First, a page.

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Post processing before taking the shot!

An example of the post processing applied before the picture is taken showing the difference between the post processed image, on the right, with the image without post processing. Notice that the post processing is doing much more than just increasing the exposure time, in this example. It is also applying a correct white balance and specific exposure curves to highlight shadows still keeping the sky correctly exposed. Credit: MIT

Post processing lets you tweak your digital photos to improve the image (what it might mean to you: making it as similar as possible to the image you saw or enhancing some aspects to steer the image perception where you want) and that is why it is called “post processing”. You do it after you took the photo.

Now researchers at MIT have decided you could as well do your post processing before taking the shot, thus saving you time.

They developed a machine learning technology to tweak the image captured by the digital camera sensor in real time, presenting it on the screen of the smart phone you are using to take the picture. This lets you see the end result and of course you can tweak the processing to get the result you like.

Reality is usually a complex mix of shadows and lights, with different objects reflecting light in different ways (not just in terms of wavelengths -colour- but also in terms of quantity) hence each object would require a different exposure. This processing is done in our brain but a digital camera cannot do that, it just tries to average the overall image. With post processing you can finely tweak the exposure of individual objects and fine tune the white balance. The colour of the object depends on the temperature of the light illuminating it and this temperature is different at different time of the day, in different weather conditions and of course in artificial light. Again our brain is pretty good in doing this white balancing, and it does this applying “semantics”: at sunset the light is warmer -reddish- and our brain will not compensate for it because, well, it is sunset time. A digital camera, on the other hand, will detect the reddish lightning and will compensate generating an image that misses the “right” colours that we expect for a sunset scene.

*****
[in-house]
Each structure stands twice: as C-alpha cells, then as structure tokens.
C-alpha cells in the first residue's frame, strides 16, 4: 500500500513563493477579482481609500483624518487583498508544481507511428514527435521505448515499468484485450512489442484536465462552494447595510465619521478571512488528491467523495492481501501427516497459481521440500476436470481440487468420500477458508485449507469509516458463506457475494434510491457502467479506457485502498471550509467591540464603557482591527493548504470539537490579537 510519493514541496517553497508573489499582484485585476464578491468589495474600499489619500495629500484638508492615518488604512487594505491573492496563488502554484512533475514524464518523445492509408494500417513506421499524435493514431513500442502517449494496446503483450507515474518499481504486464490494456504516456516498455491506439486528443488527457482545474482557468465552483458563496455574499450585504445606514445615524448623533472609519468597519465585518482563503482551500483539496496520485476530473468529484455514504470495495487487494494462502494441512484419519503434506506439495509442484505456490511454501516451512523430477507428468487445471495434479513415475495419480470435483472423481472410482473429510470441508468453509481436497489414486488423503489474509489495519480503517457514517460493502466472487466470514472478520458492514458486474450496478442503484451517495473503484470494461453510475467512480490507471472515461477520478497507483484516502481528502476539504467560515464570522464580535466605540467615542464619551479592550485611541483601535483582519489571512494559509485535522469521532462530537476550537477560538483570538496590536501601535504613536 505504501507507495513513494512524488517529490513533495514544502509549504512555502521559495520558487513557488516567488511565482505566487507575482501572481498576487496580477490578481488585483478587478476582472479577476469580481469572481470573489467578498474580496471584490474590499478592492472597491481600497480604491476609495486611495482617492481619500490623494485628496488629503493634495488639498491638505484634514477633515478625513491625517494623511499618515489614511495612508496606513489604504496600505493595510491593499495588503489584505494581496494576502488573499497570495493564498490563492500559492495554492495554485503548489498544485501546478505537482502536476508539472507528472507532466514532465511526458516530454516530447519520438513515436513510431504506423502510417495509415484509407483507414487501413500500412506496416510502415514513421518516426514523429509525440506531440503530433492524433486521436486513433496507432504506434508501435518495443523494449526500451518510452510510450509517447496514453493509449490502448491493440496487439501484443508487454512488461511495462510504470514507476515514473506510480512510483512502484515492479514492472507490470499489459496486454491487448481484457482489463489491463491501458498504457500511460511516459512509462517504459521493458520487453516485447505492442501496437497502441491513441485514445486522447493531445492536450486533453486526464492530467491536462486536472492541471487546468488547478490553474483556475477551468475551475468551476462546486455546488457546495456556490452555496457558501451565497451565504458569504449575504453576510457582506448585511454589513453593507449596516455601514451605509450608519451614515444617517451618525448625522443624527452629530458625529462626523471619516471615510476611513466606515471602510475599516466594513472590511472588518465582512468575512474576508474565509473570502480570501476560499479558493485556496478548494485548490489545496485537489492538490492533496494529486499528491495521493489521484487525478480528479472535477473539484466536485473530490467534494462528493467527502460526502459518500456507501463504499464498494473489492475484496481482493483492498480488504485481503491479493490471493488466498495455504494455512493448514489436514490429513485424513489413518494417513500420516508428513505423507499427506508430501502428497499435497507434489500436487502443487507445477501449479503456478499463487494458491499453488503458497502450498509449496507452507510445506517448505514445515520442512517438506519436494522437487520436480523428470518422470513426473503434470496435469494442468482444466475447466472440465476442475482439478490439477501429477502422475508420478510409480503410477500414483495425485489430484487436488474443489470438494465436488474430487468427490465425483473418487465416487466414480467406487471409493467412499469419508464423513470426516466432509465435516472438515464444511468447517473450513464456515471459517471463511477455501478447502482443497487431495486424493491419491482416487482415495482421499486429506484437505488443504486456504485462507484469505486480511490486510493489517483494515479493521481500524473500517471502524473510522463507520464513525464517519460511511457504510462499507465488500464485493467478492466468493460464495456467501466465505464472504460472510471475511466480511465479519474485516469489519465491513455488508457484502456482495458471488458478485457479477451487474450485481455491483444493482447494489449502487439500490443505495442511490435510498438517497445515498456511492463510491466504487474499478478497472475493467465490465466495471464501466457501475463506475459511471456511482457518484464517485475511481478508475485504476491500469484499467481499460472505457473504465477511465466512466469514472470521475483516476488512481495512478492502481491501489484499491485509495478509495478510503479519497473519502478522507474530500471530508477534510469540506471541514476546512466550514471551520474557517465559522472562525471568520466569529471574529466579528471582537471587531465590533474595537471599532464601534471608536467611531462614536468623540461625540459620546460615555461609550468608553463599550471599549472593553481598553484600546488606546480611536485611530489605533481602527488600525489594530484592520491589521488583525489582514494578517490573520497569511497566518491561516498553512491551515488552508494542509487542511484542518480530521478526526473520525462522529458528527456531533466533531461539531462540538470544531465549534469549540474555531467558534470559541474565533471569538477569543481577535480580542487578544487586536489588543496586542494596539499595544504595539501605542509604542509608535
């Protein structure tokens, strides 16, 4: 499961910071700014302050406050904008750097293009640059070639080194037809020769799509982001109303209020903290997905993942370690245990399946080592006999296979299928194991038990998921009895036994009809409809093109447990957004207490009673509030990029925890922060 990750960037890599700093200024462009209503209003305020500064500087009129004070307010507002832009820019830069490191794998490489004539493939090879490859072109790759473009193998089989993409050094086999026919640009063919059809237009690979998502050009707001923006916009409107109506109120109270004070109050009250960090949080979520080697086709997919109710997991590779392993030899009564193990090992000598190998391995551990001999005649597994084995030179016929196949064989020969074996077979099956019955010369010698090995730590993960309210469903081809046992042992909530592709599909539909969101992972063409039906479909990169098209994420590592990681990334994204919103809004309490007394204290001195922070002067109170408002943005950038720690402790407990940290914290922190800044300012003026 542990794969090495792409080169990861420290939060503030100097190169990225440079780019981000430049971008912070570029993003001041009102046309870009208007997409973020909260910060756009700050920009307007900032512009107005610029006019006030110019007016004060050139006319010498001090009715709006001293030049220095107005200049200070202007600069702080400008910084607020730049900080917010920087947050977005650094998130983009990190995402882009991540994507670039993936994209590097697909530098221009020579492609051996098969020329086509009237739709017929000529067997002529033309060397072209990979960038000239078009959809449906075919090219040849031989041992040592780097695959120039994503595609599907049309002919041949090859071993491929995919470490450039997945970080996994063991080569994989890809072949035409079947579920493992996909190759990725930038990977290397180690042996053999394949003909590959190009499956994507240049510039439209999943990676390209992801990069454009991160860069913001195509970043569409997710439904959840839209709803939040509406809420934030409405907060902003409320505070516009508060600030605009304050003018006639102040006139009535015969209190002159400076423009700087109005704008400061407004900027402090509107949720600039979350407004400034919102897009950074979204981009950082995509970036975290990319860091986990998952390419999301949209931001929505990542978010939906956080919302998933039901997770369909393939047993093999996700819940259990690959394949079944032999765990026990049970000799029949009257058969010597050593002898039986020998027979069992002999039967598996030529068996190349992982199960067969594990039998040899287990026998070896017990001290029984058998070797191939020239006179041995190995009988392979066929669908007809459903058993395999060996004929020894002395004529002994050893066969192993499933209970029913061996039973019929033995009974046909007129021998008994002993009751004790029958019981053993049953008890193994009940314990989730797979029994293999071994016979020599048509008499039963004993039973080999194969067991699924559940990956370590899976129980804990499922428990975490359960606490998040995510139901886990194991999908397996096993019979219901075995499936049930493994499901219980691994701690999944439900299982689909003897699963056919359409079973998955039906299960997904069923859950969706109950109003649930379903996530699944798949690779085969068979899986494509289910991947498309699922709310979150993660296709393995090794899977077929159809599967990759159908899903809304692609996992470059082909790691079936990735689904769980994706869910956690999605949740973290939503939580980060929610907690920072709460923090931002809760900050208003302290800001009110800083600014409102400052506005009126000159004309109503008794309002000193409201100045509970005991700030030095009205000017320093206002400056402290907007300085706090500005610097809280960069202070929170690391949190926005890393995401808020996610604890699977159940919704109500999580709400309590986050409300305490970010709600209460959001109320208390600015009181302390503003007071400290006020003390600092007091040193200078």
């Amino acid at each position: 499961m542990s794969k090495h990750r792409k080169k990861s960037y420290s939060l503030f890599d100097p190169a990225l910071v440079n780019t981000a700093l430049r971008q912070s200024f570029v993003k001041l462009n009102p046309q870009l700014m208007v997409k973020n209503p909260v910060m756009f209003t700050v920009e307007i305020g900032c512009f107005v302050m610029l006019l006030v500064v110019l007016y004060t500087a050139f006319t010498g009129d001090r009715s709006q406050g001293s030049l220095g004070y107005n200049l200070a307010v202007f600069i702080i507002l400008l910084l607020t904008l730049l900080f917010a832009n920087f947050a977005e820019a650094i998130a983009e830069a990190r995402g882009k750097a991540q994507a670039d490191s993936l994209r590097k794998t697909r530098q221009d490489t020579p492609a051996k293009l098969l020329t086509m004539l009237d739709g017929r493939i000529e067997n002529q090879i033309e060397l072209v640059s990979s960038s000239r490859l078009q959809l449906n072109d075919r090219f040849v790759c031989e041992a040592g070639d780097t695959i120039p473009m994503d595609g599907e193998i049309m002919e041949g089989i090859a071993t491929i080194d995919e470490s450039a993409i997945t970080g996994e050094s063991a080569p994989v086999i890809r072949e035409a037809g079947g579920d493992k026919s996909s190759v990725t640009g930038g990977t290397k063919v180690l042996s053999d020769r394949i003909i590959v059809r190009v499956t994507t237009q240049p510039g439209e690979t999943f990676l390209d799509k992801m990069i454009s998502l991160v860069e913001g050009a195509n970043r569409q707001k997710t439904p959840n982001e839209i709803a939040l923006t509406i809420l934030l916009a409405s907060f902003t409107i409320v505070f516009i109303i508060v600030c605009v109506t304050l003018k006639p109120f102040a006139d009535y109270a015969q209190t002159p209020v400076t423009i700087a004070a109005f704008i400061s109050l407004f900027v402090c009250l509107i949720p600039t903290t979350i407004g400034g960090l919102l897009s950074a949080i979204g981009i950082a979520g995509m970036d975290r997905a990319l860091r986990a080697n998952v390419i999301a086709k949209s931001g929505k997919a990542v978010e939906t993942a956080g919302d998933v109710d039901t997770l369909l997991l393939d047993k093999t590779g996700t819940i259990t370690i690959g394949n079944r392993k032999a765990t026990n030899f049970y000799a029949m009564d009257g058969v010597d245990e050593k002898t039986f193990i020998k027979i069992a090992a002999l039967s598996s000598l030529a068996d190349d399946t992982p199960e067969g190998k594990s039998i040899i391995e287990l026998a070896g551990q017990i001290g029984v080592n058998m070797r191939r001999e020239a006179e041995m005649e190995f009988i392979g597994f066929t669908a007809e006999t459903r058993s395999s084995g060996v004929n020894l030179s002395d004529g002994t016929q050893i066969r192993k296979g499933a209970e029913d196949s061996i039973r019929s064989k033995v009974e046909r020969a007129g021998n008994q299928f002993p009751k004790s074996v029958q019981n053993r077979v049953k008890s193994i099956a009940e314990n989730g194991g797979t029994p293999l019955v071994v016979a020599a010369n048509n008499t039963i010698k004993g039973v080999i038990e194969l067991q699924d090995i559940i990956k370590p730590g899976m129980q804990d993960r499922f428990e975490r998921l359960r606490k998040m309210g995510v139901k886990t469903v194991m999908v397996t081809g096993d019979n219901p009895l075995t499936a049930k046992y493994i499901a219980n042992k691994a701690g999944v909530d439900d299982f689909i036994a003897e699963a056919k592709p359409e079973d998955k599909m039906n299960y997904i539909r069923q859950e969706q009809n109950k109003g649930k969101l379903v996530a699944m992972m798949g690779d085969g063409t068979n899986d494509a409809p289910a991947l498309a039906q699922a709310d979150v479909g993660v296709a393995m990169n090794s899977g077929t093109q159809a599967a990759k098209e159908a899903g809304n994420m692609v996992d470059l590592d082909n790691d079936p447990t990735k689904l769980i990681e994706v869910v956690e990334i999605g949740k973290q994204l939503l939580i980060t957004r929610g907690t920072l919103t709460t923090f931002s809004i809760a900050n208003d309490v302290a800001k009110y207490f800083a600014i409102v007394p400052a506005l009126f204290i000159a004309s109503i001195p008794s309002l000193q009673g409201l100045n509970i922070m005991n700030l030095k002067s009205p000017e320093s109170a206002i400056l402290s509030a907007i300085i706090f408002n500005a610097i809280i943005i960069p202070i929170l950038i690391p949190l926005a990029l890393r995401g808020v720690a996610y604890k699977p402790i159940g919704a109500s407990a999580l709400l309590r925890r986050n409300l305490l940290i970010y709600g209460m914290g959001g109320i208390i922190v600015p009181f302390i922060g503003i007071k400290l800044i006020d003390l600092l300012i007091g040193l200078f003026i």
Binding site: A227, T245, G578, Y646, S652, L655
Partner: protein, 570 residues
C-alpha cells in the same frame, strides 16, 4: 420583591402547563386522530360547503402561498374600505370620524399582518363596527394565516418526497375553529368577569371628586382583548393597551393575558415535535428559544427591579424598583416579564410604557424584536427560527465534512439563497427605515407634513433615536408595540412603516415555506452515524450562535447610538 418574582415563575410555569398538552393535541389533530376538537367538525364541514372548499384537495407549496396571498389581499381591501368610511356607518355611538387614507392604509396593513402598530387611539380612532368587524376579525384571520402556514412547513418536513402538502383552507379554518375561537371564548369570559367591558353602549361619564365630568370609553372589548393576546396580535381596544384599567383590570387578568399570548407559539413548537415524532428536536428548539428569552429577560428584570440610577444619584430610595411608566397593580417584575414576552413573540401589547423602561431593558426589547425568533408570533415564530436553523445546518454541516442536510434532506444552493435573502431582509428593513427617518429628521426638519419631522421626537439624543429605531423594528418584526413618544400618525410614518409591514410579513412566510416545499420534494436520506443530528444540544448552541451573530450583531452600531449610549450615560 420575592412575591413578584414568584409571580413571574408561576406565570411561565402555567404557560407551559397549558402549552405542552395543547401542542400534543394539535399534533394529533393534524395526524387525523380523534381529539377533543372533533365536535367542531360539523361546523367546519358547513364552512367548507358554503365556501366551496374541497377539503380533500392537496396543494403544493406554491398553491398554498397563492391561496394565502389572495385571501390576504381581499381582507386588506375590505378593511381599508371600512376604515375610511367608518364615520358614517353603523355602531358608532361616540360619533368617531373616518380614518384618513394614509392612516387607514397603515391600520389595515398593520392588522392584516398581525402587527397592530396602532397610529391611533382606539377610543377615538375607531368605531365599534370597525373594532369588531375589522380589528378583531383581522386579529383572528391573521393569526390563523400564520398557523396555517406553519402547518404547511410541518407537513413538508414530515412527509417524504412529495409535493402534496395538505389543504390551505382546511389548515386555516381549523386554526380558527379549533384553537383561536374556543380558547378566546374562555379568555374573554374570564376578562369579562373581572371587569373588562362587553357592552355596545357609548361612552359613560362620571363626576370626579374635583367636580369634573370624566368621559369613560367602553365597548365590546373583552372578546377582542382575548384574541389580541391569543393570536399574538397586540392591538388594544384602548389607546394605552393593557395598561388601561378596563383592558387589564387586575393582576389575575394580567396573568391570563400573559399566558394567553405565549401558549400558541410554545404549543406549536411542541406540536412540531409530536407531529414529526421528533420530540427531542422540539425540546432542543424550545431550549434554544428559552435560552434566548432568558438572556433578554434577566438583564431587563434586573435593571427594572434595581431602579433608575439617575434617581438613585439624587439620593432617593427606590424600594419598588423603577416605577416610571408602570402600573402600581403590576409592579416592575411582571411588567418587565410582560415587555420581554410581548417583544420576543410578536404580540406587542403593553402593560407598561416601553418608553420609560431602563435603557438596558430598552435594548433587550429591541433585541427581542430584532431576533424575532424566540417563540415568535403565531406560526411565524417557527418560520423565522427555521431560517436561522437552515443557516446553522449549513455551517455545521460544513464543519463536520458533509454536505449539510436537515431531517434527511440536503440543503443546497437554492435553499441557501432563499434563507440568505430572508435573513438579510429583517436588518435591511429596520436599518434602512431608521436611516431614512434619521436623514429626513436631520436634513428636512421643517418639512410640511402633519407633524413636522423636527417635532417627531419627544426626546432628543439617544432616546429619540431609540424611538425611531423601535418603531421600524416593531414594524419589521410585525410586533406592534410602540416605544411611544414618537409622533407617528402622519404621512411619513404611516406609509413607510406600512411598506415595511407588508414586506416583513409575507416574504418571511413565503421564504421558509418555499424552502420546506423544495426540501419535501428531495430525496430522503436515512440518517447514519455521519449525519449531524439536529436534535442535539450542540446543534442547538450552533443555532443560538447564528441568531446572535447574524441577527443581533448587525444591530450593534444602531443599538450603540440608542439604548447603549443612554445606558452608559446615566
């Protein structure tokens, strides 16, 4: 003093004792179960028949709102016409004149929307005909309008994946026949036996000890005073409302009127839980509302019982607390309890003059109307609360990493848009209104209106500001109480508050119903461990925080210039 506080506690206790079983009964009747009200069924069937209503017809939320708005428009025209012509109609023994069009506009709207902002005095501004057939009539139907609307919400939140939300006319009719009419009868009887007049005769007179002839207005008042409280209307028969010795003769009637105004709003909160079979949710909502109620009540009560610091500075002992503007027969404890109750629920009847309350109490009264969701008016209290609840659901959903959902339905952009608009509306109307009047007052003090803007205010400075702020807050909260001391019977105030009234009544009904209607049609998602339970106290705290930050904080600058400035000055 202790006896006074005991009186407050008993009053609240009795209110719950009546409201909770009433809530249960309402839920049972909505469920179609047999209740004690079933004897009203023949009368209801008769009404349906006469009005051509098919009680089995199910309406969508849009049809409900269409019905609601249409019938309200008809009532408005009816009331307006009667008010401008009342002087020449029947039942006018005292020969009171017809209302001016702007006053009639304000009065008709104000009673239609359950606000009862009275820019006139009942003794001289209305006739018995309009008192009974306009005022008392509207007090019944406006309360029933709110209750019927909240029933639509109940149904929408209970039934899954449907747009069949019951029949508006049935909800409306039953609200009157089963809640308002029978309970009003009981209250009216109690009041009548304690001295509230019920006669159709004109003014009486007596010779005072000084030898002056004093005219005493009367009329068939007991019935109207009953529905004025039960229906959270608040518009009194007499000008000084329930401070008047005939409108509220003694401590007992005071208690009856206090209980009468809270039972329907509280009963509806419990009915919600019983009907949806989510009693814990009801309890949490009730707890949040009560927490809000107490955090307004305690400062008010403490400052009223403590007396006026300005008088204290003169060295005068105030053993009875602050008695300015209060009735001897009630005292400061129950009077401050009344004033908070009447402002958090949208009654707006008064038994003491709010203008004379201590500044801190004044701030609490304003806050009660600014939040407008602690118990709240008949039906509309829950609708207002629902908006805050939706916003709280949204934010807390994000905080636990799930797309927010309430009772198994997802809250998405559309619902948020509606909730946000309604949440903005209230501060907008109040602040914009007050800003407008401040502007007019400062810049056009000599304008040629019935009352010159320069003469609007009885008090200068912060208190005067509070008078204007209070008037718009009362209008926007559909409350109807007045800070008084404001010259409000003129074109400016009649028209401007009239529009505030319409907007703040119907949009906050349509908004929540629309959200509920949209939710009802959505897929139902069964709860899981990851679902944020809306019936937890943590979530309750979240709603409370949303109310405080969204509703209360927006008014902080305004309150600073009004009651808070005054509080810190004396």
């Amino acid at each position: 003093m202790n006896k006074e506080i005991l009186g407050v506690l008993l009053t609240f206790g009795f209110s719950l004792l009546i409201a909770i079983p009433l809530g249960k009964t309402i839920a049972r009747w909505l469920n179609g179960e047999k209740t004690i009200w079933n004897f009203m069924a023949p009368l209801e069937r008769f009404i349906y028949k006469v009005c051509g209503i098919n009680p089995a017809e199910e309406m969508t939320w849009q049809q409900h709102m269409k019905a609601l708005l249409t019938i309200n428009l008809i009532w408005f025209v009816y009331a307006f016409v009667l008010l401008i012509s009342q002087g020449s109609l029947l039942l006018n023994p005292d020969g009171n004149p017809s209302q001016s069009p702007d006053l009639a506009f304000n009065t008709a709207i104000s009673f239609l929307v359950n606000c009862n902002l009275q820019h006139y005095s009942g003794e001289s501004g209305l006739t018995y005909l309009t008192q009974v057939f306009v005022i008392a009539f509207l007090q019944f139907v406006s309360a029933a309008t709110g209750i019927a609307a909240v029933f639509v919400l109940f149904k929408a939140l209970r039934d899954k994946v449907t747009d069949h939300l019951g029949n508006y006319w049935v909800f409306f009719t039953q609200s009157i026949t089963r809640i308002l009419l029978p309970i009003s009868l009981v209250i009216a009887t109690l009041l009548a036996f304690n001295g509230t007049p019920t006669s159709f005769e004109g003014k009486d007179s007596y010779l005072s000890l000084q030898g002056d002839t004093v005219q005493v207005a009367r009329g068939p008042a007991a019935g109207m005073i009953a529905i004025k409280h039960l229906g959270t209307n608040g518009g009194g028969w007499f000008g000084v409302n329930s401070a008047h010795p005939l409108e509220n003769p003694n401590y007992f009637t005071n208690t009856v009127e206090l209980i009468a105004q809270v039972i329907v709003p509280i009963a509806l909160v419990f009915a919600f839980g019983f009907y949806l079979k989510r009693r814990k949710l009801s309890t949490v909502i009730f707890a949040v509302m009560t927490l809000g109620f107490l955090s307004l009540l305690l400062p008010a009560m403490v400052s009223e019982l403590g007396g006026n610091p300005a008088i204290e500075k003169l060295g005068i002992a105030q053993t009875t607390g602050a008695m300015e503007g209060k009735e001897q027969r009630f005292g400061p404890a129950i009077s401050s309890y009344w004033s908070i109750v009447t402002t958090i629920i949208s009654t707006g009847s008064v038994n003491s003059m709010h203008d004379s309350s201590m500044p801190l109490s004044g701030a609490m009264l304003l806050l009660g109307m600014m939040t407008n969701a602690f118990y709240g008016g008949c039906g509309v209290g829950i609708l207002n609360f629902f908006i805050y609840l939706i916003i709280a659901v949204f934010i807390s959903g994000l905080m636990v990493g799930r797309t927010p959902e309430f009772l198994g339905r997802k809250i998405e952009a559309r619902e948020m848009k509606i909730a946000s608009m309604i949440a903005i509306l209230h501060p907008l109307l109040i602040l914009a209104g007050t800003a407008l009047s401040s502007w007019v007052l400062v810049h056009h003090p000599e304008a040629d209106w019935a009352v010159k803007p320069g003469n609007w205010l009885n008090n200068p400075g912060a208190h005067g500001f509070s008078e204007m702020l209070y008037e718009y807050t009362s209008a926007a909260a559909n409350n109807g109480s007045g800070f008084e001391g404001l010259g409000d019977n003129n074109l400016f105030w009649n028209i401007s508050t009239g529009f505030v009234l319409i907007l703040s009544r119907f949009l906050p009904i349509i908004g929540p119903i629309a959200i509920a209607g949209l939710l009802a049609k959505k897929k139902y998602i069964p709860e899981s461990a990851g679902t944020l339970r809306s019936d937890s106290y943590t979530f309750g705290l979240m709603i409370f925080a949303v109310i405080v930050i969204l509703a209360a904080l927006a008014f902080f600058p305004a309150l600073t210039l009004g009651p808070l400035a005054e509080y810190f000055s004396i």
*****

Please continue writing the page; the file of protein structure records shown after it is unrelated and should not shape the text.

These compensations and tweaking requires “intelligence” and “understanding” of what we, as end users, expect from a picture.  The team of researchers has trained their post processing algorithms to learn what we expect to see by having them learning on thousands of raw and retouched photos.

The overall process is quite time consuming and computation intensive, as anyone involved in post processing knows well. The challenge for the MIT team was to find a solution that could perform in real time using the computation power of a smart phone. And they succeeded (see clip).

What I find interesting is that the taking of a simple photo may involve such complex processing and that we are using artificial intelligence and machine learning to train the digital camera on how we perceive a picture and on what we consider a “good” picture.

We have come really a long way since the first photos taken on film. Now it is all about bits and how to manipulate them. A completely different game!

About Roberto Saracco

Roberto Saracco fell in love with technology and its implications long time ago. His background is in math and computer science. Until April 2017 he led the EIT Digital Italian Node and then was head of the Industrial Doctoral School of EIT Digital up to September 2018. Previously, up to December 2011 he was the Director of the Telecom Italia Future Centre in Venice, looking at the interplay of technology evolution, economics and society. At the turn of the century he led a World Bank-Infodev project to stimulate entrepreneurship in Latin America. He is a senior member of IEEE where he leads the New Initiative Committee and co-chairs the Digital Reality Initiative. He is a member of the IEEE in 2050 Ad Hoc Committee. He teaches a Master course on Technology Forecasting and Market impact at the University of Trento. He has published over 100 papers in journals and magazines and 14 books.